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Isolation of Vibrio cholerae O1 from Oysters -- Mobile Bay, 1991- 1992

On July 2, 1991, during routine monitoring, the Food and Drug Administration (FDA) isolated toxigenic Vibrio cholerae O1, serotype Inaba, biotype El Tor from oysters and intestinal contents of an oyster-eating fish taken from closed oyster beds in Mobile Bay (1). This isolate was indistinguishable from the Latin American epidemic strain and differed from the strain of V. cholerae O1 that is endemic to the Gulf Coast. This report summarizes the public health response to this isolation of V. cholerae O1.

On July 18, Gulf Coast residents were advised by the Mobile County Health Department and the Alabama Department of Public Health (ADPH) to wash their hands after handling raw seafood and to eat seafood well cooked. FDA and ADPH initiated biweekly sampling of oysters from Mobile Bay, and on July 22 and September 16, 1991, the Latin American strain was again isolated from oysters. The Mobile Bay oyster beds, initially closed on May 31, 1991, remained closed to harvesting until November 4, 1991. On June 15, 1992, toxigenic V. cholerae O1 was again isolated from a sample of oysters from a restricted shellfish-growing area, and the adjacent growing areas were closed to harvesting. On August 19, 1992, the oyster beds were reopened after samples were repeatedly negative. No toxigenic vibrios have been isolated since June 1992.

Toxigenic vibrios have not been isolated from Moore swabs that were placed in effluent from sewage treatment plants in the Mobile Bay area after each isolation of V. cholerae O1 from oysters. FDA and ADPH continue monitoring of shellfish obtained or harvested from the Mobile Bay area, and ADPH maintains surveillance for cases of cholera.

Reported by: BH Eichold, II, MD, JR Williamson, MPH, Mobile County Health Dept, Mobile; CH Woernle, MD, State Epidemiologist, Alabama Dept of Public Health. RM McPhearson, ScD, Food and Drug Administration. Enteric Diseases Br, Div of Bacterial and Mycotic Diseases, National Center for Infectious Diseases, CDC.

Editorial Note

Editorial Note: No cases of cholera have been identified in Alabama in recent decades. Surveillance for clinical cases has increased since the beginning of the Latin American outbreak in 1991, and many clinical laboratories now routinely culture diarrheal stool specimens on culture media appropriate for isolation of V. cholerae. The strain responsible for the epidemic in Latin America can be distinguished in the laboratory from the endemic V. cholerae O1 strain that is unique to the U.S. Gulf Coast (2).

The isolation of the Latin American strain of V. cholerae O1 from Gulf Coast oysters during two successive summers illustrates the potential for this organism to be repeatedly introduced or to persist in the environment at least transiently after a single introduction. However, there have been no recognized cases of cholera in the United States caused by the Latin American strain as a result of consumption of seafood harvested from the Gulf of Mexico. It is unknown how the Latin American strain was introduced into Mobile Bay. Surveillance using Moore swabs would have detected clinical cases and asymptomatically infected shedders of V. cholerae O1 (3). However, repeatedly negative Moore swabs indicate that municipal sewage was probably not the source of the strain.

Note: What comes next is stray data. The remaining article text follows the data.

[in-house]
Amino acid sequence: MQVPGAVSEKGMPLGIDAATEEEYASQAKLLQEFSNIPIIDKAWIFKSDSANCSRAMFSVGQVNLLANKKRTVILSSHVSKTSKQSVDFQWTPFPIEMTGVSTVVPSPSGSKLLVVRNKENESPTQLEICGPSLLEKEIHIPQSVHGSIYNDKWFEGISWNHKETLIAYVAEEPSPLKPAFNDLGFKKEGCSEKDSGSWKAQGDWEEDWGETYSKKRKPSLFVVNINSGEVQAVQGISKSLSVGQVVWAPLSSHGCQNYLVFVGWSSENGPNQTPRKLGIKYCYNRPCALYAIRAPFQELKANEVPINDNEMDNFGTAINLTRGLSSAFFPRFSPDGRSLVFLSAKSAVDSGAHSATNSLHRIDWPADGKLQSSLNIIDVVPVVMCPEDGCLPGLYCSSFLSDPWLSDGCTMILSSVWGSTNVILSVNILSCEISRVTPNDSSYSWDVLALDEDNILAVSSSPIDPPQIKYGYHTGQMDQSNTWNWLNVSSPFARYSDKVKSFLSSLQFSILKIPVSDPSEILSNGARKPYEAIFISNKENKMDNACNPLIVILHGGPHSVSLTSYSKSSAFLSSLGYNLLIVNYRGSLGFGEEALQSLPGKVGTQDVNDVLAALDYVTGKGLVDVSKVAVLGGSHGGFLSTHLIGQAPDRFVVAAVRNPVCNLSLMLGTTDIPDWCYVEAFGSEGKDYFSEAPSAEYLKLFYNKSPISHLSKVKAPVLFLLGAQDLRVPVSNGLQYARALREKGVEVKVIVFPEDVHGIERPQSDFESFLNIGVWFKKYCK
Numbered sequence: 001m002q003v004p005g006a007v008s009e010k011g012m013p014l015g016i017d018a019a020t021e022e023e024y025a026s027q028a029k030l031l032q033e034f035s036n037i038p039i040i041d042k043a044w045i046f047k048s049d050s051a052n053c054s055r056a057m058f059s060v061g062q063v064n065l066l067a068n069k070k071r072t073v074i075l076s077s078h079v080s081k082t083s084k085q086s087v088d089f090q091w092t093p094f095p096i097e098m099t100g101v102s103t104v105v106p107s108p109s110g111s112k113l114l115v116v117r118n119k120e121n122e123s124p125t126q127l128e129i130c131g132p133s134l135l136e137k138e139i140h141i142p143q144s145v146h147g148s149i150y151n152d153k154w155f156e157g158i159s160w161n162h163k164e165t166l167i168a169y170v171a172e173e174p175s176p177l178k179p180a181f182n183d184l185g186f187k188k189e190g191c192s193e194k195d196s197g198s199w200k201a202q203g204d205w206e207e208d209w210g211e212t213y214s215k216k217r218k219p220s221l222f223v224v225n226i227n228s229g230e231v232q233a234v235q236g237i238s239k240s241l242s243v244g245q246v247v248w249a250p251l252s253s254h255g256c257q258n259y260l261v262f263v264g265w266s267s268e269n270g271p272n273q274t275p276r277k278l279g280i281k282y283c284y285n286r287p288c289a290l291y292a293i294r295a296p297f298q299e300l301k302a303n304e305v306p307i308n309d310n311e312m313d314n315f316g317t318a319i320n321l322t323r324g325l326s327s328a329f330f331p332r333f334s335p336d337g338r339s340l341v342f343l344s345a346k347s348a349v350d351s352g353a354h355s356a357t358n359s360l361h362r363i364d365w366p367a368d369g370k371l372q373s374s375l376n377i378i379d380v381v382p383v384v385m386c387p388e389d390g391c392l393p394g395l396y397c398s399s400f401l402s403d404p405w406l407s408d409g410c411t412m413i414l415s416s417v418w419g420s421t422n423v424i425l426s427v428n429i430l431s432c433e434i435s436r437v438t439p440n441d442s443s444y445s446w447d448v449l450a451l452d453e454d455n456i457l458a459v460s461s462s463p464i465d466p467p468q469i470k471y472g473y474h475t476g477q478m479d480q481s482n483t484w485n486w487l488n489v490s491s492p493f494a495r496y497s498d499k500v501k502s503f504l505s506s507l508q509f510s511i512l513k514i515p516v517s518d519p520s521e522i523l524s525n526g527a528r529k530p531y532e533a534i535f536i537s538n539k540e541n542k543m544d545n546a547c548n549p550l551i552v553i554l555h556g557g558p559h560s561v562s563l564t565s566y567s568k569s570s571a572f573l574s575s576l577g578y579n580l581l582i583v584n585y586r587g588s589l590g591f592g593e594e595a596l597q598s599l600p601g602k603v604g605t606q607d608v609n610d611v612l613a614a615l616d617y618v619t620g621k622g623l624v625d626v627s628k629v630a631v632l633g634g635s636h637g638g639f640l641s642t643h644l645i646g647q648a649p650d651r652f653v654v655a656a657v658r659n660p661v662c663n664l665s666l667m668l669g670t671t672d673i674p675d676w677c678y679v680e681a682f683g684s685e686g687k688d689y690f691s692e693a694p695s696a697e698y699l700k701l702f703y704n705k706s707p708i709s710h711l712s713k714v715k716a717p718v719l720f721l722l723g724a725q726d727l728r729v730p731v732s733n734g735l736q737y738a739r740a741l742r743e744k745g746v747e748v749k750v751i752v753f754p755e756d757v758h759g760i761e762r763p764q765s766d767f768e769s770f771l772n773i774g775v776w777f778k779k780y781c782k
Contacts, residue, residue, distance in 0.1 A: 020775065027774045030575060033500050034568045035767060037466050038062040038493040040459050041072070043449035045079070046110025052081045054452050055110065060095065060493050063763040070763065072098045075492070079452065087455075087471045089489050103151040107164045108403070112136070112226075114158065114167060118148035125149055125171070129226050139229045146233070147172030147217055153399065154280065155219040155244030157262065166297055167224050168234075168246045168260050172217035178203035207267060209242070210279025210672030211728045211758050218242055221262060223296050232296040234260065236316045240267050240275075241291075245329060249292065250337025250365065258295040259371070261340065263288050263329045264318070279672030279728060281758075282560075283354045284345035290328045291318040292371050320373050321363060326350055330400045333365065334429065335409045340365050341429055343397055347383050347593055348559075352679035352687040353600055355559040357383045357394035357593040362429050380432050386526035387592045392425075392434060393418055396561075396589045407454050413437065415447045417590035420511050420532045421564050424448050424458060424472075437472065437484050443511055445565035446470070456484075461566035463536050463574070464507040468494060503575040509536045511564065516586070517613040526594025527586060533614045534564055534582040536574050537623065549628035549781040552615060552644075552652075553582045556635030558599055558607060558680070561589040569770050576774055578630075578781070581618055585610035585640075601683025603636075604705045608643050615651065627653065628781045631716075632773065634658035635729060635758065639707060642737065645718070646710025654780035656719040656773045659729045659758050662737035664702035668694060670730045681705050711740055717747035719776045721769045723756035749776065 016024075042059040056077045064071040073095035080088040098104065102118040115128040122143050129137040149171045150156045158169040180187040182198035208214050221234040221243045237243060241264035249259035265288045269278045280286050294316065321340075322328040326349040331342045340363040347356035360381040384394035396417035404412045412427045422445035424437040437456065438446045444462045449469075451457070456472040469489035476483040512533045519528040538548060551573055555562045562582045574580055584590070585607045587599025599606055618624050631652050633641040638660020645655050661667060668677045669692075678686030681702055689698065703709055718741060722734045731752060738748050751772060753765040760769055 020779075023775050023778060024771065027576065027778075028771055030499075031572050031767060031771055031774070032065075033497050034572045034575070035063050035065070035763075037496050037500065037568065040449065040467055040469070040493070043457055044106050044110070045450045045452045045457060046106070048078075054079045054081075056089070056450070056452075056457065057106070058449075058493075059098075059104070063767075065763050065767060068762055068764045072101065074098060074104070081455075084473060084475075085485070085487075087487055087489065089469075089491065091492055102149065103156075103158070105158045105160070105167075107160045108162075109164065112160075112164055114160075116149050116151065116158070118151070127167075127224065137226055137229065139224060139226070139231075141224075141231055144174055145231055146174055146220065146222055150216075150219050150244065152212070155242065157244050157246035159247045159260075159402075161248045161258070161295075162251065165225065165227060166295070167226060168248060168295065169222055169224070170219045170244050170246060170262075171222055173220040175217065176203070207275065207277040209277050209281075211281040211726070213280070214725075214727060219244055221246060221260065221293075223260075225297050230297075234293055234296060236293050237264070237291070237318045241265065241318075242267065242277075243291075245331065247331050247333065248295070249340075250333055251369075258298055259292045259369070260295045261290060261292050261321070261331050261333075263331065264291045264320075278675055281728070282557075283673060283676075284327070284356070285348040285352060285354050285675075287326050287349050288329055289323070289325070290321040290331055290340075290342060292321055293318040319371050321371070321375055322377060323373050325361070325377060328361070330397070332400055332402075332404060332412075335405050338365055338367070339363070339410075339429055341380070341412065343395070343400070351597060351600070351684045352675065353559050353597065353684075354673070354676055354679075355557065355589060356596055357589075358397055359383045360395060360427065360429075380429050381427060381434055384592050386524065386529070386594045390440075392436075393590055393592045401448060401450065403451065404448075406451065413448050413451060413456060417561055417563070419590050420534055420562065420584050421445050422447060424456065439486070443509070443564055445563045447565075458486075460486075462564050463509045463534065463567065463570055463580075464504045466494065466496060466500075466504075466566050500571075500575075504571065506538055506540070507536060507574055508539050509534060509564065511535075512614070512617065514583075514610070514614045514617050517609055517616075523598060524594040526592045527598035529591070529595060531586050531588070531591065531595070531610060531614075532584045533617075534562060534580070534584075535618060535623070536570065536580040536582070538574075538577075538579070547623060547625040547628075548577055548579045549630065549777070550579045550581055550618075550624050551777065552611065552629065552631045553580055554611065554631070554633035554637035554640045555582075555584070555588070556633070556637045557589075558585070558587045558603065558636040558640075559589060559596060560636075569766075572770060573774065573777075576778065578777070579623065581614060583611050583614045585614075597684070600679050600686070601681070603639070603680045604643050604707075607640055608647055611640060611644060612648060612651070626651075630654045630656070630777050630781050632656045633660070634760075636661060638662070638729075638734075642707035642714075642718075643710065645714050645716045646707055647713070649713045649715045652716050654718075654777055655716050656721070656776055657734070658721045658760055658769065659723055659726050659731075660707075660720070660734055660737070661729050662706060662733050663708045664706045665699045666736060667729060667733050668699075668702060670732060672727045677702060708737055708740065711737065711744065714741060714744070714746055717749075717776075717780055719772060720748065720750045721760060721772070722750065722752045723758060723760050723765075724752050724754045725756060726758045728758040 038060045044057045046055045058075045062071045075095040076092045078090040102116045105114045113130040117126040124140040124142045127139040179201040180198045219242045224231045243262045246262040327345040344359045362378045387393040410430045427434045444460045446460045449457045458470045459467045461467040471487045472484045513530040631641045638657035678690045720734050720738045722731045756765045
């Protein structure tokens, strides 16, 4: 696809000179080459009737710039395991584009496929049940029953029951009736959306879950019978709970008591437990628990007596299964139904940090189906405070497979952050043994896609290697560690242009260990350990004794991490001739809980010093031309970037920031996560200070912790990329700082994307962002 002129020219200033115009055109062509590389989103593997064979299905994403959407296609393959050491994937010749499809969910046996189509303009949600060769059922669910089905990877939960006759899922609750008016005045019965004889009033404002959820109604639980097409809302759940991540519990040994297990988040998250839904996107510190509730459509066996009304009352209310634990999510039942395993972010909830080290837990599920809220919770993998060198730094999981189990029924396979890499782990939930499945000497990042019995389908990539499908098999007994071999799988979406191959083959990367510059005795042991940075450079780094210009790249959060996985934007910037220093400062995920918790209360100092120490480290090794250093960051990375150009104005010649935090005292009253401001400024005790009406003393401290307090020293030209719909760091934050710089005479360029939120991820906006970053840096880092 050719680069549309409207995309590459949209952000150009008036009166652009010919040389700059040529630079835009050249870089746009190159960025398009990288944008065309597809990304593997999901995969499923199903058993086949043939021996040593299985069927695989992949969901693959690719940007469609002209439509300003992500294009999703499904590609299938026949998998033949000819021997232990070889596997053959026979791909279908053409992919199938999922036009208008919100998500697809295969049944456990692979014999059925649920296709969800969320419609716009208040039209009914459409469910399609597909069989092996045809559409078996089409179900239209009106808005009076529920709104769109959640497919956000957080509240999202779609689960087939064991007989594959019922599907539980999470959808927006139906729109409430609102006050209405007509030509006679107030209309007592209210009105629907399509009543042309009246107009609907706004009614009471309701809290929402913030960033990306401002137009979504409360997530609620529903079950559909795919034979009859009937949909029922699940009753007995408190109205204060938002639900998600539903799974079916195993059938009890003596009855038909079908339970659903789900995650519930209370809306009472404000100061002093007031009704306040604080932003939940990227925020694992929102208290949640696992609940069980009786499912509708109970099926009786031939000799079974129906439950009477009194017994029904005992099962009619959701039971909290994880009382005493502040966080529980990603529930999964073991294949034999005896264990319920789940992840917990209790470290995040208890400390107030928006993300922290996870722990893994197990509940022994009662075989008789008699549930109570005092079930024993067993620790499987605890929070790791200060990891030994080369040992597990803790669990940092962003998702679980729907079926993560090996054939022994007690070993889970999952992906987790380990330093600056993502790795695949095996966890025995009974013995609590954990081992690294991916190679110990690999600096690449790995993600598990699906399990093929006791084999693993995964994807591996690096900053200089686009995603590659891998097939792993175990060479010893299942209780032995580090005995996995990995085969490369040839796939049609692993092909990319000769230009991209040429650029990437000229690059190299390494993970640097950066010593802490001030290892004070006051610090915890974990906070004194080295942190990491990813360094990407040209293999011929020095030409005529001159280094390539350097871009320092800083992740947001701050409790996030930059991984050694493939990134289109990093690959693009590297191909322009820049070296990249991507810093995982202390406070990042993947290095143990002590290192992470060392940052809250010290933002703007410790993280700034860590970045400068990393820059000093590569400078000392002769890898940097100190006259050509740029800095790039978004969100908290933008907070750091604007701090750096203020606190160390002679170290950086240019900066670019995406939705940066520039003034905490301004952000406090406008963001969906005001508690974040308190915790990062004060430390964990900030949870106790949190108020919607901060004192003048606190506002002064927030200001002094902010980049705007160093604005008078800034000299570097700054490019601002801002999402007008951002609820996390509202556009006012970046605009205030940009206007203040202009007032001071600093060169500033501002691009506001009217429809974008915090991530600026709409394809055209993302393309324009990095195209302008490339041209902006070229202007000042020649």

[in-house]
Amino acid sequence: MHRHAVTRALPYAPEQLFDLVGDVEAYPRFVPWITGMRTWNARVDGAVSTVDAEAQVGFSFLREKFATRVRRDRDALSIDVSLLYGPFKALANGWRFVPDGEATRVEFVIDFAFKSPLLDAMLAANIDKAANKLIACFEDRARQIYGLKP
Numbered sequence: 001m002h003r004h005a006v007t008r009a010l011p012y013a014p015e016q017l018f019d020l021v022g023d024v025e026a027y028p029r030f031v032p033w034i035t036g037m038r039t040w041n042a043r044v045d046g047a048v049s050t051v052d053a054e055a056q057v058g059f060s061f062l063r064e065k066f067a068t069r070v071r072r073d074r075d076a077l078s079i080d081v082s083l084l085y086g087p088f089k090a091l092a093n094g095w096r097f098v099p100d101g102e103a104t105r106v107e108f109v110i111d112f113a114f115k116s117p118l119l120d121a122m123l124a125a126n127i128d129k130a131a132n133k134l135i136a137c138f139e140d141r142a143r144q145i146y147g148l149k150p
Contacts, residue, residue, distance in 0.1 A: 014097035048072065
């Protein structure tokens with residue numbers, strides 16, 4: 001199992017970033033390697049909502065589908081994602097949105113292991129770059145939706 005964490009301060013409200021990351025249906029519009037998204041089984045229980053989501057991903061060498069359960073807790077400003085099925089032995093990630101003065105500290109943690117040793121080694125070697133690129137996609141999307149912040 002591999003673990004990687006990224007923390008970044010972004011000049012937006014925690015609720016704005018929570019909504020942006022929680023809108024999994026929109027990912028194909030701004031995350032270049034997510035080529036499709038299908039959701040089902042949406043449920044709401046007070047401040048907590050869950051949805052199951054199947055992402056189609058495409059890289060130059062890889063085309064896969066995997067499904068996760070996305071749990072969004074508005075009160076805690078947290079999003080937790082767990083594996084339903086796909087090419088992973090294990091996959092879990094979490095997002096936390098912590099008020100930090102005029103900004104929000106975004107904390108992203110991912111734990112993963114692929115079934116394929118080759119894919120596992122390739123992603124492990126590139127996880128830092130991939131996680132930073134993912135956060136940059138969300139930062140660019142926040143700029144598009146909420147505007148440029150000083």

Introduction of toxigenic vibrios into Mobile Bay may have resulted from discharge of contaminated ballast water from freighter vessels. To control buoyancy, ships take on large volumes of ballast water in a harbor and discharge it in other locations. This process may have been responsible for the introduction of other harmful species such as the zebra mussel in the Great Lakes (4). In 1991, the FDA isolated toxigenic V. cholerae O1 from the ballast tanks of ships that had originated from Latin American ports and arrived at Mobile Bay (5). To reduce the risk of introducing harmful organisms through contaminated freighter ballast water, the International Maritime Organization has recommended that freighters empty and refill their ballast water tanks twice on each voyage while in international waters (6). The efficacy of ballast water exchanges in reducing the level of contamination of ballast water has not been assessed. Although ballast water exchanges may decrease the risk of introduction of V. cholerae O1 from other ports into U.S. harbors, this approach would not eliminate the strain already endemic in U.S. Gulf Coast waters.

Since 1973, 91 cases of cholera have occurred in the United States that were unrelated to international travel. Most of these followed consumption of raw or undercooked seafood harvested from the U.S. Gulf Coast contaminated with the Gulf Coast strain of V. cholerae O1. The risk for transmission of cholera can be reduced by avoiding consumption of raw or undercooked seafood.


  1. DePaola A, Capers GM, Motes ML, et al. Isolation of Latin American epidemic strain of Vibrio cholerae O1 from U.S. Gulf Coast {Letter}. Lancet 1992;339:624.

  2. Wachsmuth IK, Bopp CA, Fields PA. Difference between toxigenic Vibrio cholerae O1 from South America and U.S. Gulf Coast {Letter}. Lancet 1991;337:1097-8.

  3. Barrett TJ, Blake PA, Morris GA, et al. Use of Moore swabs for isolating Vibrio cholerae from sewage. J Clin Microbiol 1980;11:385-8.

  4. Roberts L. Zebra mussel invasion threatens U.S. waters. Science 1990;249:1370-2.

  5. McCarthy SA, McPhearson RM, Guarino AM, Gaines JL. Toxigenic Vibrio cholerae O1 and cargo ships entering Gulf of Mexico {Letter}. Lancet 1992;339:624-5.

  6. Coast Guard, US Department of Transportation. International Maritime Organization ballast water control guidelines. Federal Register 1991;56:6483.

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